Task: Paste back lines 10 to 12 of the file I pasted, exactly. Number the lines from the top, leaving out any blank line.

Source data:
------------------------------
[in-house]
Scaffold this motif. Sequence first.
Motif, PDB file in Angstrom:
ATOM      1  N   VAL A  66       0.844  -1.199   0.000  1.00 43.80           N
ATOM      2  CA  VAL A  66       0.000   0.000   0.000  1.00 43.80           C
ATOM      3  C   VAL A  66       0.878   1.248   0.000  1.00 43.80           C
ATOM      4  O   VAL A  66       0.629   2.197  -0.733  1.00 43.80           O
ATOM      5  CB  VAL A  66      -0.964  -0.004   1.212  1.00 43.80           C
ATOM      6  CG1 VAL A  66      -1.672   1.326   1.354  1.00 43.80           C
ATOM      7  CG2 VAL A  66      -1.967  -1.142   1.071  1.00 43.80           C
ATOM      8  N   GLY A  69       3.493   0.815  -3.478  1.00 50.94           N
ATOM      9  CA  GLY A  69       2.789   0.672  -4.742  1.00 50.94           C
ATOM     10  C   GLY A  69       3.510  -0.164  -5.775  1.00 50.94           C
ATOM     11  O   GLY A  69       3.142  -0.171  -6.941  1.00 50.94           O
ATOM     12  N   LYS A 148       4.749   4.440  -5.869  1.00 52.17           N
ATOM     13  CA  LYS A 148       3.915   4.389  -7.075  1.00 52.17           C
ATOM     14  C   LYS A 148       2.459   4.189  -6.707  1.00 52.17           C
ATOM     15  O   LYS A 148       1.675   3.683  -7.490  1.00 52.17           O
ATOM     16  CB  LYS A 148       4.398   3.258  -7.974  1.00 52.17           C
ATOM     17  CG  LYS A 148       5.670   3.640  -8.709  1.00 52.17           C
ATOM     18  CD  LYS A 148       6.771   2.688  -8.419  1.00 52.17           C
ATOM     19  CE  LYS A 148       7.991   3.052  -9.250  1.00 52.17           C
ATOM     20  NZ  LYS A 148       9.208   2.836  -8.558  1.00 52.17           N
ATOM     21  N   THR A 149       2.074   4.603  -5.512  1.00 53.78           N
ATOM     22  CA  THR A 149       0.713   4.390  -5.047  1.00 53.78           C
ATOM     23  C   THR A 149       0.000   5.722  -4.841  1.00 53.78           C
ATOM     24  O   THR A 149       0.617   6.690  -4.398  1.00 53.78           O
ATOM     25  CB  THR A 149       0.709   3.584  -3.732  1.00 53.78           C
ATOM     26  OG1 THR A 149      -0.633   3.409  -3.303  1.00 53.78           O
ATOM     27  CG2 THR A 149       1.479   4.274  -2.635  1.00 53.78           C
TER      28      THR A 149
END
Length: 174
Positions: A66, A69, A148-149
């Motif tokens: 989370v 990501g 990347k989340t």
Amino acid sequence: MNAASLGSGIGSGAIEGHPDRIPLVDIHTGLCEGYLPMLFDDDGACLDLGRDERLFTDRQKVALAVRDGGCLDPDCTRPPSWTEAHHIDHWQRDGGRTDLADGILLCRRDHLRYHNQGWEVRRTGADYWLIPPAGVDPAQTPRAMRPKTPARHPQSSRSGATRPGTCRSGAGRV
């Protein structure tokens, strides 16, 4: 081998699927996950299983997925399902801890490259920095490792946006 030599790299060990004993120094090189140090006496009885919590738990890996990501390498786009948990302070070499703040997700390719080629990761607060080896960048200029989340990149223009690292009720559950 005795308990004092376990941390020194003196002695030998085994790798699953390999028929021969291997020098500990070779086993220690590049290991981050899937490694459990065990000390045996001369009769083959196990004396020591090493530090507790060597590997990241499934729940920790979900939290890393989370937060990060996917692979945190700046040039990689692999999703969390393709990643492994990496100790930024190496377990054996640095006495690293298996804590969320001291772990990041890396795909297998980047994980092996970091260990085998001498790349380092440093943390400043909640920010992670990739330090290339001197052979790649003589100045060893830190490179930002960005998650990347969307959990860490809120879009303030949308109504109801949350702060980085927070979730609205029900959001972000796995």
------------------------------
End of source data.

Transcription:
ATOM      7  CG2 VAL A  66      -1.967  -1.142   1.071  1.00 43.80           C
ATOM      8  N   GLY A  69       3.493   0.815  -3.478  1.00 50.94           N
ATOM      9  CA  GLY A  69       2.789   0.672  -4.742  1.00 50.94           C